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Shapiro et al.'s new ornithomimosaur



Michael D. Shapiro, Hailu You, Neil H. Shubin, Zhexi Luo, & Jason Philip Downs (2003). A LARGE ORNITHOMIMID PES FROM THE LOWER CRETACEOUS OF THE MAZONGSHAN AREA, NORTHERN GANSU PROVINCE, PEOPLE'S REPUBLIC OF CHINA. Journal of Vertebrae Paleontology 23(3):695-698

Shapiro et al. describe a possible new species of ornithomimosaur based on partial pedal material.

cf. Ornithomimidae
Material: IVPP V12756, "a partial right foot" (astragalus, calcaneum, pedal digit II, pIII-1, pIII-2, pIV-3, pIV-4; pIV-5, mtt II, mtt III) & "fragmentary phalanges of a left foot" (pIII-1, pIII-2, pIV-1, pIV-5)
Horizon: Xinminbiao Group of Mazongshan Area, Gansu Province, China (Aptian-Albian)


I ran this very fragmentary specimen in the data matrix from Kobayashi & Lü (2003). It could, unfortunately, only be coded for one character (38). The results from Heuristic search-

Strict consensus tree of 15 trees, 58 steps-

--+--Allosaurus
  |--Tyrannosaurids
  `--+--Pelecanimimus
     `--+--Harpymimus
        `--+--Garudimimus
           |--Archaeornithomimus
           |--Anserimimus
           |--Gallimimus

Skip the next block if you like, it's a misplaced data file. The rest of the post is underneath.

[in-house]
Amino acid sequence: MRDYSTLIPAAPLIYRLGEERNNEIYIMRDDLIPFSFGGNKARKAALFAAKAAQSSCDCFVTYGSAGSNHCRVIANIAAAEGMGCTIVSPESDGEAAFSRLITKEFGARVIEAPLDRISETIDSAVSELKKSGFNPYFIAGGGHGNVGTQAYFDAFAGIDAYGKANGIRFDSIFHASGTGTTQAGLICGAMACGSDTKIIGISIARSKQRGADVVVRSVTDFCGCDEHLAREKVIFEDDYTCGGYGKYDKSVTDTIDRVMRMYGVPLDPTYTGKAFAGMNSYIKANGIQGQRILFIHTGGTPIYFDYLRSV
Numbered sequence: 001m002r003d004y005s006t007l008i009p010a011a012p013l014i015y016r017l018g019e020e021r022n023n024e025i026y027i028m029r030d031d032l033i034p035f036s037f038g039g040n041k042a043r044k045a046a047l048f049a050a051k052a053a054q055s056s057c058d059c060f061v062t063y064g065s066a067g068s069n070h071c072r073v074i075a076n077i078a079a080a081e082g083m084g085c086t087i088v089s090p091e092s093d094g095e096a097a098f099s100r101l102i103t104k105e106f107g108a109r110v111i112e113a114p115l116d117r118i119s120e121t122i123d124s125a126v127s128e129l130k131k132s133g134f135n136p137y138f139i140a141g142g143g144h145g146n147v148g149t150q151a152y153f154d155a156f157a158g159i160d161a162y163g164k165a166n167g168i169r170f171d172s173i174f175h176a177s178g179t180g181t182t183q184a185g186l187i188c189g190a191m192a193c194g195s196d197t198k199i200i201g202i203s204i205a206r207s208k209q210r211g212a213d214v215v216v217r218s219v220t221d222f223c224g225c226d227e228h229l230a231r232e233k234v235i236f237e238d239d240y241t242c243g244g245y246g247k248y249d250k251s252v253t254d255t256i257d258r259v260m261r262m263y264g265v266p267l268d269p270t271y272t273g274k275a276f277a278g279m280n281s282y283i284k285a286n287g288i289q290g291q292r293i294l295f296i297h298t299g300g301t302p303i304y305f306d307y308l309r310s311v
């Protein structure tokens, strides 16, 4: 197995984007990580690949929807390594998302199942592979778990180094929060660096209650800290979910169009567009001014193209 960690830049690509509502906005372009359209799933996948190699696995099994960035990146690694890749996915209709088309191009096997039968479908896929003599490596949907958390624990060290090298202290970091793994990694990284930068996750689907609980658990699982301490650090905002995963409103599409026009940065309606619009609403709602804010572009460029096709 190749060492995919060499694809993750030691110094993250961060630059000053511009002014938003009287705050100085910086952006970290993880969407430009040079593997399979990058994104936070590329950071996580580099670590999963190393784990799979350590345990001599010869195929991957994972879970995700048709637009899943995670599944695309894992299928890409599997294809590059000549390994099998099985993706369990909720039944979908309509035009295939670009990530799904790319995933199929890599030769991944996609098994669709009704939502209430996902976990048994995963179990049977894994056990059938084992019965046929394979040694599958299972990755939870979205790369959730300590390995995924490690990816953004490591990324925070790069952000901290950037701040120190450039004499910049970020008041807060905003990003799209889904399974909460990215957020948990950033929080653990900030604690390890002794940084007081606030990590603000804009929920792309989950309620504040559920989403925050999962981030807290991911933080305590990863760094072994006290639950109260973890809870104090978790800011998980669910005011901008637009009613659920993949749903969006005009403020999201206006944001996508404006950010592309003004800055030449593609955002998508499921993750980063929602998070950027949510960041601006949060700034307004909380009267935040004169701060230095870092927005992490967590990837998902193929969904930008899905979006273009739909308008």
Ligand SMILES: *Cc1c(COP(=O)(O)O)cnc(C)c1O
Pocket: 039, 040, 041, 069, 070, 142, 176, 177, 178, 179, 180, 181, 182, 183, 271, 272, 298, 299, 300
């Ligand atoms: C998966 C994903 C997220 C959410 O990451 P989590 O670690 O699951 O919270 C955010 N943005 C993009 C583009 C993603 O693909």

|--Struthiomimus
           |--Dromiceiomimus
           |--Ornithomimus
           |--Sinornithomimus
           `--IVPP V12756

Unfortunately, in all 15 trees, IVPP V12756 tries out various positions with all ornithomimosaurs more derived than Harpymimus. This is due to its fragmentary nature (which as noted above meant it could only be coded with any certainty for one character).

Shapiro suggest that IVPP V12756 represents a basal ornithomimosaur, possibly more primitive than Harpymimus and Garudimimus, and is possibly related to the former, following Dr. Holtz's 2001 paper which evidentally suggests that H. reverses the pes to a non-arctometatarsalian state. However, referring to more recent papers from various authors (Holtz, the AMNH team, etc.), it is more likely that the arctometatarsus was independently developed among various groups within the Coelurosauria (tyrannosaurids, ornithomimids, caenagnathids, & troodontids). Therefore, I suggest instead that IVPP V12756 is closer to more derived ornithomimosaurs and that it is possibly those more derived than Garudimimus. Hopefully more material will be recovered in the future which should make the situation clearer.

Another interesting note is that IVPP V12756 represents the third largest (not the second largest as implied by Shapiro et al.), the second being actually Gallimimus, and the first being Deinocheirus, of course. ^_^

Nick Gardner

References-

Yoshitsugu Kobayashi & Jun-Chang Lü (2003). A new ornithomimid dinosaur with gregarious habits from the Late Cretaceous of China. Acta Palaeontologica Polonica 48(2):235-259

Michael D. Shapiro, Hailu You, Neil H. Shubin, Zhexi Luo, & Jason Philip Downs (2003). A LARGE ORNITHOMIMID PES FROM THE LOWER CRETACEOUS OF THE MAZONGSHAN AREA, NORTHERN GANSU PROVINCE, PEOPLE'S REPUBLIC OF CHINA. Journal of Vertebrae Paleontology 23(3):695-698

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